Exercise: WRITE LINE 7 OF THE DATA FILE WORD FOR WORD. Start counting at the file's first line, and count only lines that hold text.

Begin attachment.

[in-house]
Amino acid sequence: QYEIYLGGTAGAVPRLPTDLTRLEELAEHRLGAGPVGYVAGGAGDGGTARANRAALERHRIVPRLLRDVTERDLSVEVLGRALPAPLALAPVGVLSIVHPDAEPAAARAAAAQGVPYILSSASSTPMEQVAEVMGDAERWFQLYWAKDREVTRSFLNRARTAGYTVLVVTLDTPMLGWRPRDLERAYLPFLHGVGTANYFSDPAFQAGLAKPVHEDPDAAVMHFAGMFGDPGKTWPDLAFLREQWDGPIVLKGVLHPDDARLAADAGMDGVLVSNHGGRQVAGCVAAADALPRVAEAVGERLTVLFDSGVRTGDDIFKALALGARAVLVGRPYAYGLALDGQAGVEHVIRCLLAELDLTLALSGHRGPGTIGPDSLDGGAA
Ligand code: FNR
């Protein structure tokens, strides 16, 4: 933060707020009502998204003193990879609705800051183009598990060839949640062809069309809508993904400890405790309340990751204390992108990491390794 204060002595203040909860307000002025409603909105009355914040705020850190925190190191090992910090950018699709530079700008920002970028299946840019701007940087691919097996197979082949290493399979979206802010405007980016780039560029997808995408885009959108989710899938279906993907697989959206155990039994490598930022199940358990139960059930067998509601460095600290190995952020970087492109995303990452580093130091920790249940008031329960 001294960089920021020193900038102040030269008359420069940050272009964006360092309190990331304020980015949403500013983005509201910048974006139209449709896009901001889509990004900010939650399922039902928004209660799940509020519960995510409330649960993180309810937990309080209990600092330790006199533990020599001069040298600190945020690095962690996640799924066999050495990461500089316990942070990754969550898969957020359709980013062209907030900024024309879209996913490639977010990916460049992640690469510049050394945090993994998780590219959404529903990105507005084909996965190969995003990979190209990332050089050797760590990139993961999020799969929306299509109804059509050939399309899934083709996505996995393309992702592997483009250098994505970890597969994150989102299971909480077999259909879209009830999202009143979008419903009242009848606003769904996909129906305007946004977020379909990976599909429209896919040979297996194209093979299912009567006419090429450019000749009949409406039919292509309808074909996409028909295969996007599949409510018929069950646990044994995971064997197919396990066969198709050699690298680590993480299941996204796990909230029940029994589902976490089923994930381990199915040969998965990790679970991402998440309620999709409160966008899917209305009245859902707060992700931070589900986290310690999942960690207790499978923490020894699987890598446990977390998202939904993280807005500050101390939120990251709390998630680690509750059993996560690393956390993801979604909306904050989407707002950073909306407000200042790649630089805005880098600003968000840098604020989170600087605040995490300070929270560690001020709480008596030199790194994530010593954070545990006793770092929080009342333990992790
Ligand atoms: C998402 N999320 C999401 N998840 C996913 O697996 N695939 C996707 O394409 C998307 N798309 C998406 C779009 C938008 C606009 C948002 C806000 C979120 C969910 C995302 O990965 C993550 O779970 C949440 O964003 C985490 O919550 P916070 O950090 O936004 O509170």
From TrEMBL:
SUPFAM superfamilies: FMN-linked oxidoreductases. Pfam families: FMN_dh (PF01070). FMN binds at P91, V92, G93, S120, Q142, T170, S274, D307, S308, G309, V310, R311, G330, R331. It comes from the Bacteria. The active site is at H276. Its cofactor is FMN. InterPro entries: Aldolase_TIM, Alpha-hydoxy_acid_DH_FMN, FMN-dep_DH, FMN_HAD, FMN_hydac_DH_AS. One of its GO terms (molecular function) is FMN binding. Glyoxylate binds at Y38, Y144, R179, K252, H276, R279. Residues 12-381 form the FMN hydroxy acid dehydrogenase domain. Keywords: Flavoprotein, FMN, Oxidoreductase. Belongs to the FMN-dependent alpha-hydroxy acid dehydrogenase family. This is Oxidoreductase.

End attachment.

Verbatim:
SUPFAM superfamilies: FMN-linked oxidoreductases. Pfam families: FMN_dh (PF01070). FMN binds at P91, V92, G93, S120, Q142, T170, S274, D307, S308, G309, V310, R311, G330, R331. It comes from the Bacteria. The active site is at H276. Its cofactor is FMN. InterPro entries: Aldolase_TIM, Alpha-hydoxy_acid_DH_FMN, FMN-dep_DH, FMN_HAD, FMN_hydac_DH_AS. One of its GO terms (molecular function) is FMN binding. Glyoxylate binds at Y38, Y144, R179, K252, H276, R279. Residues 12-381 form the FMN hydroxy acid dehydrogenase domain. Keywords: Flavoprotein, FMN, Oxidoreductase. Belongs to the FMN-dependent alpha-hydroxy acid dehydrogenase family. This is Oxidoreductase.